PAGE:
Effect of the Presence of Nasal Probe on the Risk of Increased CR Events
The presence of a nasal MII-pH probe was evaluated as potentially increasing the risk of nasal obstruction and OA. For that reason, we removed the probe and continued the PSG alone for 3 hours. The frequency of OA was unchanged after the removal of the MII-pH probe. In fact, according to previous studies, the presence of a nasal probe may actually decrease the risk of OA in adults and infants (28–33) by opposing mucosal adhesion forces, decreasing the collapsibility of the pharynx, separating the tongue from the posterior pharyngeal wall, or increasing swallowing frequency resulting in a higher tone of the pharynx-dilating muscles. To address the potential risk of nasal obstruction, we also removed the feeding tube after each feeding.
TA between CR events and reflux events has been demonstrated in a single-subject analysis in former premature infants with persistent CR events at term. Criteria for fundoplication, based on clinical history and pH probe alone, together with the respective outcomes, were supported by the results of the TA, suggesting that this method may be useful as a clinical diagnostic tool before considering a fundoplication. Additional studies are needed to confirm the relation between TA and outcome. Additionally, pH-only events may have only a limited role in generating CR events. In our study, we generally found a window size of approximately 120 seconds (reflecting the association window size used in previous studies), but the physiological basis for the length of this association window still needs to be understood.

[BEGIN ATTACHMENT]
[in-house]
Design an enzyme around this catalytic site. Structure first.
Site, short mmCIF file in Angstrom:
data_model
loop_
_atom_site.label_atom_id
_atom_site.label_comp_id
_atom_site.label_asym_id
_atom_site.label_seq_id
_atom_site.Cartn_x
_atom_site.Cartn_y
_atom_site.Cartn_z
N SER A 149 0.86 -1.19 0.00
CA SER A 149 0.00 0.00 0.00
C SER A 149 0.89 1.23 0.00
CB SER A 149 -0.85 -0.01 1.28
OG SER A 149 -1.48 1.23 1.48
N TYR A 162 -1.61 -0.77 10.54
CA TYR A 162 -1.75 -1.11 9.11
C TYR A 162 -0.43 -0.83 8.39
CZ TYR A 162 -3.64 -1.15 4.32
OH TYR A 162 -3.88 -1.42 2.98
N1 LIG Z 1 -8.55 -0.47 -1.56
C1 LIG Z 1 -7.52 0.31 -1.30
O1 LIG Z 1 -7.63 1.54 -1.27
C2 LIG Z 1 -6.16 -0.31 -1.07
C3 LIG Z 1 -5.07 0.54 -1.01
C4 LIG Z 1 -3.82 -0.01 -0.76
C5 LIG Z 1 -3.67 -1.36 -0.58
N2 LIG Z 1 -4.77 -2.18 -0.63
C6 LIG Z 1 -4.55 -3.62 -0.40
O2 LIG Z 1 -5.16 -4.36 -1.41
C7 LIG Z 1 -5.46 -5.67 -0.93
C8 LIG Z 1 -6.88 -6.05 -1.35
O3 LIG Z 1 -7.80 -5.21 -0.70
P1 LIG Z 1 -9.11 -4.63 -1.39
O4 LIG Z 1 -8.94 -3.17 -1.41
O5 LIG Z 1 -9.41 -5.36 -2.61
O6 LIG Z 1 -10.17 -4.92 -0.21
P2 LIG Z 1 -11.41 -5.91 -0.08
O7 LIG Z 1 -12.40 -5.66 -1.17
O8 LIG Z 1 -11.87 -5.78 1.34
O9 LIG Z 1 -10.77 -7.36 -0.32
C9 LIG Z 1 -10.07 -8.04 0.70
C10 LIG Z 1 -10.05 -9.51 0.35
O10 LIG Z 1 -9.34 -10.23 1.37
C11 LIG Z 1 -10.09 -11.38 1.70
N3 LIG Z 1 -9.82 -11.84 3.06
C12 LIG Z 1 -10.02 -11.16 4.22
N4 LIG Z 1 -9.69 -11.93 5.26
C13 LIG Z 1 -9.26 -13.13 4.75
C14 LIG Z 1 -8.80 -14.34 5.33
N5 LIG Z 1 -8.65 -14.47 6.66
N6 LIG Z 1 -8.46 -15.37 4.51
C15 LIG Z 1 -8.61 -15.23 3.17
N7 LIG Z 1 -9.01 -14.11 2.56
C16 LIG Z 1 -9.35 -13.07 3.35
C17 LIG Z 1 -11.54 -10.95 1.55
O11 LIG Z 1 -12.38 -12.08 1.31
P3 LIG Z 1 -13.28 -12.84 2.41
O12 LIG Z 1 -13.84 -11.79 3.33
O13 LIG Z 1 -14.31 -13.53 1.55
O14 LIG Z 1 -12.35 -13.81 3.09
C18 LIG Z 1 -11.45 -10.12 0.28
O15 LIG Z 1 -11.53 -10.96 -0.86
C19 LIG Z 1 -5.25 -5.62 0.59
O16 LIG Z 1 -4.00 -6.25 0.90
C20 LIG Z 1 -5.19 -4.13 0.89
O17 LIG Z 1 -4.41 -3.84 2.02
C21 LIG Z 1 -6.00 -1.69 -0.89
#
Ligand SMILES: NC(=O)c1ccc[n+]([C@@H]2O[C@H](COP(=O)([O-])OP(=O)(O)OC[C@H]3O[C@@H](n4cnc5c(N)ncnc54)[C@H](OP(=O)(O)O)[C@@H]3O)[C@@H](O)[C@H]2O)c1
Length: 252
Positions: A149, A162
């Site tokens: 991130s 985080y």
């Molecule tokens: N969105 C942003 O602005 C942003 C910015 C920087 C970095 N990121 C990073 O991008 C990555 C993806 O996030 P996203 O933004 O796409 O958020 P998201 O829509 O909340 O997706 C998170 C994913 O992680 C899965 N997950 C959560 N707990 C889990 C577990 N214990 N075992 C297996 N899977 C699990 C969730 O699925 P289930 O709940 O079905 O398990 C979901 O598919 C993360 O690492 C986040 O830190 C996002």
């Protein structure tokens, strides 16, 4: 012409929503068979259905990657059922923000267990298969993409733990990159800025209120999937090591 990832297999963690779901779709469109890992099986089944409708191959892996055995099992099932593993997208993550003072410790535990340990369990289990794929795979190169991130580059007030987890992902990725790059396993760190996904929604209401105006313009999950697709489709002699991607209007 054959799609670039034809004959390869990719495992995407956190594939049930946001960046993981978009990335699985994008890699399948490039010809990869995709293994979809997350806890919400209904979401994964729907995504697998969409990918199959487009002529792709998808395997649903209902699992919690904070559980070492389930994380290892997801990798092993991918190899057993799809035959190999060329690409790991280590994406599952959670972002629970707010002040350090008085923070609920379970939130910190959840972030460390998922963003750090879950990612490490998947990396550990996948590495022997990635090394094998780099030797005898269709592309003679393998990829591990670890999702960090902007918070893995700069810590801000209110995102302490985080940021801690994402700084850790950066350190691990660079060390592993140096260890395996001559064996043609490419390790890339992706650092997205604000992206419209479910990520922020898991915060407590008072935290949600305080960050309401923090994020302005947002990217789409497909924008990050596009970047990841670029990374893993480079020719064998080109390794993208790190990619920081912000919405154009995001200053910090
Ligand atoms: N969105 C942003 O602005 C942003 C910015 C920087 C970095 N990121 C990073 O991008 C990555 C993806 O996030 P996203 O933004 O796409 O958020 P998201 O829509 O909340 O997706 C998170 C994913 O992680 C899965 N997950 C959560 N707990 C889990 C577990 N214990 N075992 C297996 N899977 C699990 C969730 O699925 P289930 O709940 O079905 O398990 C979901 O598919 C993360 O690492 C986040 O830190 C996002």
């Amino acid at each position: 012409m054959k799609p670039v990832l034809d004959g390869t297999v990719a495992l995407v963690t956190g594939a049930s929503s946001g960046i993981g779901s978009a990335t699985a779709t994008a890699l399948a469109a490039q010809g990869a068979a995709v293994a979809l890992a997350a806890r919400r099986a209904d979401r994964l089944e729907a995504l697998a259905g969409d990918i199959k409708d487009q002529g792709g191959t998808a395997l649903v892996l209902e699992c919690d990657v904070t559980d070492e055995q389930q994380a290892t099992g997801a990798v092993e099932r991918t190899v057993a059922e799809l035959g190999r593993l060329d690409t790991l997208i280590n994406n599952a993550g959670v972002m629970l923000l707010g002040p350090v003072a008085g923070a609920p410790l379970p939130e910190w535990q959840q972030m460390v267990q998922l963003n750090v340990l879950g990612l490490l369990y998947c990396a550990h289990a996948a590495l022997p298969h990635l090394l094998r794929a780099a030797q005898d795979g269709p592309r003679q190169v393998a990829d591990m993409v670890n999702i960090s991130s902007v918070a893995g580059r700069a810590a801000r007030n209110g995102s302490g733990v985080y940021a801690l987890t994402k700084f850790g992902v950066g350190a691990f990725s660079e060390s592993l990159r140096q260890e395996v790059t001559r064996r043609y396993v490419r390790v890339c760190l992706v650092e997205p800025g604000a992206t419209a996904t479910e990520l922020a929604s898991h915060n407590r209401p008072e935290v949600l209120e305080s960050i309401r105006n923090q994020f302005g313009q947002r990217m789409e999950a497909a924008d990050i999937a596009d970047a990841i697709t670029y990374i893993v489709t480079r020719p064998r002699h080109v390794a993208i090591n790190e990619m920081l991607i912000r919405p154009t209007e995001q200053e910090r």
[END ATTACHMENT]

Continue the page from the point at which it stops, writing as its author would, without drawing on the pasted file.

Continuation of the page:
Statistical advice for the present study was provided by Michael Griswold, PhD, associate professor, adjunct executive director, Johns Hopkins Biostatistics Center, Baltimore, MD; and Gang Chen, PhD, mathematical statistician, Scientific and Statistical Computing Core, Intramural Research Program at NIMH, NIH, Bethesda MD.
1. Ramanathan R, Corwin MJ, Hunt CE, et al. Cardiorespiratory events recorded on home monitors: comparison of healthy infants with those at increased risk for SIDS. JAMA 2001; 285:2199–2207.
2. Hunt CE, Corwin MJ, Baird T, et al. Cardiorespiratory events detected by home memory monitoring and one-year neurodevelopmental outcome. J Pediatr 2004; 145:465–471.